Under a new FAR rule, standard language in confidentiality agreements could lead to disqualification from contracting or False Claims Act liability.

In January, the FAR Council issued a final rule regulating confidentiality agreements between prime contractors and their employees and subcontractors. The rule implements Section 743 of the Consolidated and Further Continuing Appropriations Act of 2015, Pub. L. 113-235 (Dec. 6, 2014).  As we previously reported, a proposed rule was issued in January of 2016 and a class deviation was issued by the Department of Defense late last year.  The final rule largely adopts the proposed rule’s language and applies to all solicitations and resultant contracts that are funded with fiscal year (FY) 2015 funds.  Contractor Employee Internal Confidentiality Agreements or Statements, 82 Fed. Reg. 4717 (Jan. 13, 2017).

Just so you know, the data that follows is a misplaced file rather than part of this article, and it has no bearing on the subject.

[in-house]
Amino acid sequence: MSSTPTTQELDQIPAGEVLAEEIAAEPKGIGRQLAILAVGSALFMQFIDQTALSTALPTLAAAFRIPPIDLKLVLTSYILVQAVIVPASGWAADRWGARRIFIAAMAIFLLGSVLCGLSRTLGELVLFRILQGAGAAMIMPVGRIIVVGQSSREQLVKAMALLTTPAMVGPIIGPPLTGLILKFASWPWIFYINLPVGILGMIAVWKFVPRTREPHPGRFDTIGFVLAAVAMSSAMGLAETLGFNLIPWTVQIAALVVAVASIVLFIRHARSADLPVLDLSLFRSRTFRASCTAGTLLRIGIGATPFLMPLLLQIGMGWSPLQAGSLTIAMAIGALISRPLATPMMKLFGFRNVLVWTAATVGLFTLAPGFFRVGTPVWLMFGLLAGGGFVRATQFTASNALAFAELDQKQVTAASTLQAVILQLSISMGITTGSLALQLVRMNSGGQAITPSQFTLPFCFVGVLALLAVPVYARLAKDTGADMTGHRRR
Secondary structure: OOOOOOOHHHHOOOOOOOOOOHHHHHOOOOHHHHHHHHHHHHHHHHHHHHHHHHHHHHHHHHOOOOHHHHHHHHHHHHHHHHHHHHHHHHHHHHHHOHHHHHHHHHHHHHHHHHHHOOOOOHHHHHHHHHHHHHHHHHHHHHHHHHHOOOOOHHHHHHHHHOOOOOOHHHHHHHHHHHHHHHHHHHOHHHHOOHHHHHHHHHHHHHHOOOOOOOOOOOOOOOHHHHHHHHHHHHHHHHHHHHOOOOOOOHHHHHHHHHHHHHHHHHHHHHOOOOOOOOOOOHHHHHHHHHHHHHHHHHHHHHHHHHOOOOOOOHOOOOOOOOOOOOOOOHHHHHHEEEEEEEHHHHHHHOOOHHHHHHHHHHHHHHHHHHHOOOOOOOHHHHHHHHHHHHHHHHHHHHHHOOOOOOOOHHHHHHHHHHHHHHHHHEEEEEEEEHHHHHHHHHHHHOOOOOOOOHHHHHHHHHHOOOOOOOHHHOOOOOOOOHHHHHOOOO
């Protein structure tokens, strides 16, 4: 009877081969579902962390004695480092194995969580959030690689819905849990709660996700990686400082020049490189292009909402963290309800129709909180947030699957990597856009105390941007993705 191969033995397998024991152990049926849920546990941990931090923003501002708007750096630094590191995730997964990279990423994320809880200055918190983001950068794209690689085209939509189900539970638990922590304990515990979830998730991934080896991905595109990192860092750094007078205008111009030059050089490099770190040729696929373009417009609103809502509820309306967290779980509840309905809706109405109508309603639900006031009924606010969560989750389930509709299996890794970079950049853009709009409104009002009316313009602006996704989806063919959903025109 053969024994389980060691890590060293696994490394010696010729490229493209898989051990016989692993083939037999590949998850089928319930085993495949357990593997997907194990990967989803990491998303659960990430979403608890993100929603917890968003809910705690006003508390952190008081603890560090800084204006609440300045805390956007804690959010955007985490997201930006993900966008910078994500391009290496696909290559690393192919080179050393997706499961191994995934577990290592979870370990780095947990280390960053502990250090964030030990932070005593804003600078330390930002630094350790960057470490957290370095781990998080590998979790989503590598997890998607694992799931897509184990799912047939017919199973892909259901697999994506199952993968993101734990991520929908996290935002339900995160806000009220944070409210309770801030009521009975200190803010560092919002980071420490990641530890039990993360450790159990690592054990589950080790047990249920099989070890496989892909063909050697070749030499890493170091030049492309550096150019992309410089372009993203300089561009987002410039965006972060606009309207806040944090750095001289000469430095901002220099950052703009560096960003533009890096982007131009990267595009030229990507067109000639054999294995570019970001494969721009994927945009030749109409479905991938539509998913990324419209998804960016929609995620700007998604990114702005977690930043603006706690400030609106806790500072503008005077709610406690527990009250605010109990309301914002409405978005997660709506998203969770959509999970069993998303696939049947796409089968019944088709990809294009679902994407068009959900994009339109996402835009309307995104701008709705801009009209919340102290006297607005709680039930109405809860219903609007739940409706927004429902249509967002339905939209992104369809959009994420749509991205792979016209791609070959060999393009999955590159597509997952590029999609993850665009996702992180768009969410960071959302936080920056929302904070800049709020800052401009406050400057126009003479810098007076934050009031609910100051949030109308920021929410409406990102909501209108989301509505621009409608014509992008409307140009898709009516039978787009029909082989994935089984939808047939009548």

In summary, the new FAR 52.203-19 bars contractors from requiring their employees or subcontractors to sign or comply with “internal confidentiality agreements or statements” that would prohibit them from reporting “waste, fraud, or abuse” on a federal contract.  FAR 52.203-19(b).  Contractors who disregard this rule are prohibited from receiving federal funds.  FAR 3.909-1(a).

Because of the broad reach and significant consequences of non-compliance, the contracting community should take notice of this new rule’s requirements.

How Contractors Can Comply